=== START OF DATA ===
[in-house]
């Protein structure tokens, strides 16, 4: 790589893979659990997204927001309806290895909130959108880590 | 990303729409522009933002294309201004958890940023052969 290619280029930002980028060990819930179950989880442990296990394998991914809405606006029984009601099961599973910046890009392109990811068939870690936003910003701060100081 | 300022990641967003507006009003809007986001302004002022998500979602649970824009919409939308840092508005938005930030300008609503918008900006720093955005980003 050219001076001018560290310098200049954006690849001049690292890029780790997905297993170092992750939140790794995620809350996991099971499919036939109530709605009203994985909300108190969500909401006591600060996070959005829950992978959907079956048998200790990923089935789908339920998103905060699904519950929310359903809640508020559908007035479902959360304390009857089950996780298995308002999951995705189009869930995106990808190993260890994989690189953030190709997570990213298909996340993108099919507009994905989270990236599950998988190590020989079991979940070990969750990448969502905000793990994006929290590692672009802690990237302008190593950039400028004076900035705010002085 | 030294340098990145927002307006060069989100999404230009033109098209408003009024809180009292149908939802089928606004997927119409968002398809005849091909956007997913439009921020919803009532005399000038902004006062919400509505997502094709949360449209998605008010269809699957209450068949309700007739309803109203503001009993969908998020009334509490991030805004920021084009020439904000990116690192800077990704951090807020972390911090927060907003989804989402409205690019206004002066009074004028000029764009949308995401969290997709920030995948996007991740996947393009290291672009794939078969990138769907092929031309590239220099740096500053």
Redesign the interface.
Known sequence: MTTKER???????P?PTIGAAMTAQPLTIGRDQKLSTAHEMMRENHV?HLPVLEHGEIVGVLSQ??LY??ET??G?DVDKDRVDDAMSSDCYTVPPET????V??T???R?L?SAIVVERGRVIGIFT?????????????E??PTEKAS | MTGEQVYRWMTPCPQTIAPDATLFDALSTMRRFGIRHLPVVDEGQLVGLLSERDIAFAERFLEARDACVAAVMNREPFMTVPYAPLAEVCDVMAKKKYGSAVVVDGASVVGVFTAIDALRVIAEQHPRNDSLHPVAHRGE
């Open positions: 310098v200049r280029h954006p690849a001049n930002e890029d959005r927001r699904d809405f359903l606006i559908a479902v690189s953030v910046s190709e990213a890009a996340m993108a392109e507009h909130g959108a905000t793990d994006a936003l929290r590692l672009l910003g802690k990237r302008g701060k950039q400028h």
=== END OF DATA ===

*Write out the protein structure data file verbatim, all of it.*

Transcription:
[in-house]
């Protein structure tokens, strides 16, 4: 790589893979659990997204927001309806290895909130959108880590 | 990303729409522009933002294309201004958890940023052969 290619280029930002980028060990819930179950989880442990296990394998991914809405606006029984009601099961599973910046890009392109990811068939870690936003910003701060100081 | 300022990641967003507006009003809007986001302004002022998500979602649970824009919409939308840092508005938005930030300008609503918008900006720093955005980003 050219001076001018560290310098200049954006690849001049690292890029780790997905297993170092992750939140790794995620809350996991099971499919036939109530709605009203994985909300108190969500909401006591600060996070959005829950992978959907079956048998200790990923089935789908339920998103905060699904519950929310359903809640508020559908007035479902959360304390009857089950996780298995308002999951995705189009869930995106990808190993260890994989690189953030190709997570990213298909996340993108099919507009994905989270990236599950998988190590020989079991979940070990969750990448969502905000793990994006929290590692672009802690990237302008190593950039400028004076900035705010002085 | 030294340098990145927002307006060069989100999404230009033109098209408003009024809180009292149908939802089928606004997927119409968002398809005849091909956007997913439009921020919803009532005399000038902004006062919400509505997502094709949360449209998605008010269809699957209450068949309700007739309803109203503001009993969908998020009334509490991030805004920021084009020439904000990116690192800077990704951090807020972390911090927060907003989804989402409205690019206004002066009074004028000029764009949308995401969290997709920030995948996007991740996947393009290291672009794939078969990138769907092929031309590239220099740096500053």
Redesign the interface.
Known sequence: MTTKER???????P?PTIGAAMTAQPLTIGRDQKLSTAHEMMRENHV?HLPVLEHGEIVGVLSQ??LY??ET??G?DVDKDRVDDAMSSDCYTVPPET????V??T???R?L?SAIVVERGRVIGIFT?????????????E??PTEKAS | MTGEQVYRWMTPCPQTIAPDATLFDALSTMRRFGIRHLPVVDEGQLVGLLSERDIAFAERFLEARDACVAAVMNREPFMTVPYAPLAEVCDVMAKKKYGSAVVVDGASVVGVFTAIDALRVIAEQHPRNDSLHPVAHRGE
């Open positions: 310098v200049r280029h954006p690849a001049n930002e890029d959005r927001r699904d809405f359903l606006i559908a479902v690189s953030v910046s190709e990213a890009a996340m993108a392109e507009h909130g959108a905000t793990d994006a936003l929290r590692l672009l910003g802690k990237r302008g701060k950039q400028h």